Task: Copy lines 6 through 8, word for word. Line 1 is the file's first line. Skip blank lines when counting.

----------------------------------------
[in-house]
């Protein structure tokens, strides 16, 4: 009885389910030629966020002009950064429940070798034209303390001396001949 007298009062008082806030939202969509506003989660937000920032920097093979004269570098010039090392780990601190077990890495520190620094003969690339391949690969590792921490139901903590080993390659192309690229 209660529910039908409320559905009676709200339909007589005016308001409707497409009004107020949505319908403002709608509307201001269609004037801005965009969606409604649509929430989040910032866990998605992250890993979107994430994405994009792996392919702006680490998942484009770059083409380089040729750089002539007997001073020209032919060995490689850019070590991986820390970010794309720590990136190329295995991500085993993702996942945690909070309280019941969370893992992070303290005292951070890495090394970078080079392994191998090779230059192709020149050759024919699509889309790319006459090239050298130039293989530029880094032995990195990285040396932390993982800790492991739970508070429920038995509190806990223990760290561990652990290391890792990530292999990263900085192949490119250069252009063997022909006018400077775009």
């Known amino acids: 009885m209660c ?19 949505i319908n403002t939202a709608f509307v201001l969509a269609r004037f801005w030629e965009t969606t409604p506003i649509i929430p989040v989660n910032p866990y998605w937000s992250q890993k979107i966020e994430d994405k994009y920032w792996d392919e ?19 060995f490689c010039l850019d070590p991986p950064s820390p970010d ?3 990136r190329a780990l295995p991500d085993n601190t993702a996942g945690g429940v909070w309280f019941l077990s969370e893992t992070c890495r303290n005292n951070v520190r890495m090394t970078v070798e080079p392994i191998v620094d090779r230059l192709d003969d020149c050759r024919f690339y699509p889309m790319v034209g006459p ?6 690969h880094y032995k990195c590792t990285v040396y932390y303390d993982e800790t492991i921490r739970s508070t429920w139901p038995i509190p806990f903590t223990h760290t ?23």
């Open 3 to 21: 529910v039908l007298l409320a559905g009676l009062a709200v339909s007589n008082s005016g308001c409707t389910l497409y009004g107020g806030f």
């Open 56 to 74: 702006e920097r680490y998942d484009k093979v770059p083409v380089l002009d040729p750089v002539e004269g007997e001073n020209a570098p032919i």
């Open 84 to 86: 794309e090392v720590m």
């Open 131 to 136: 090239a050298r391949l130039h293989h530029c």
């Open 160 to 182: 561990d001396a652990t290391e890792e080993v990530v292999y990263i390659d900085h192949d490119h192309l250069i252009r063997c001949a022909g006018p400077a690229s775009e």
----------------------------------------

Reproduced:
């Open 84 to 86: 794309e090392v720590m």
């Open 131 to 136: 090239a050298r391949l130039h293989h530029c």
């Open 160 to 182: 561990d001396a652990t290391e890792e080993v990530v292999y990263i390659d900085h192949d490119h192309l250069i252009r063997c001949a022909g006018p400077a690229s775009e």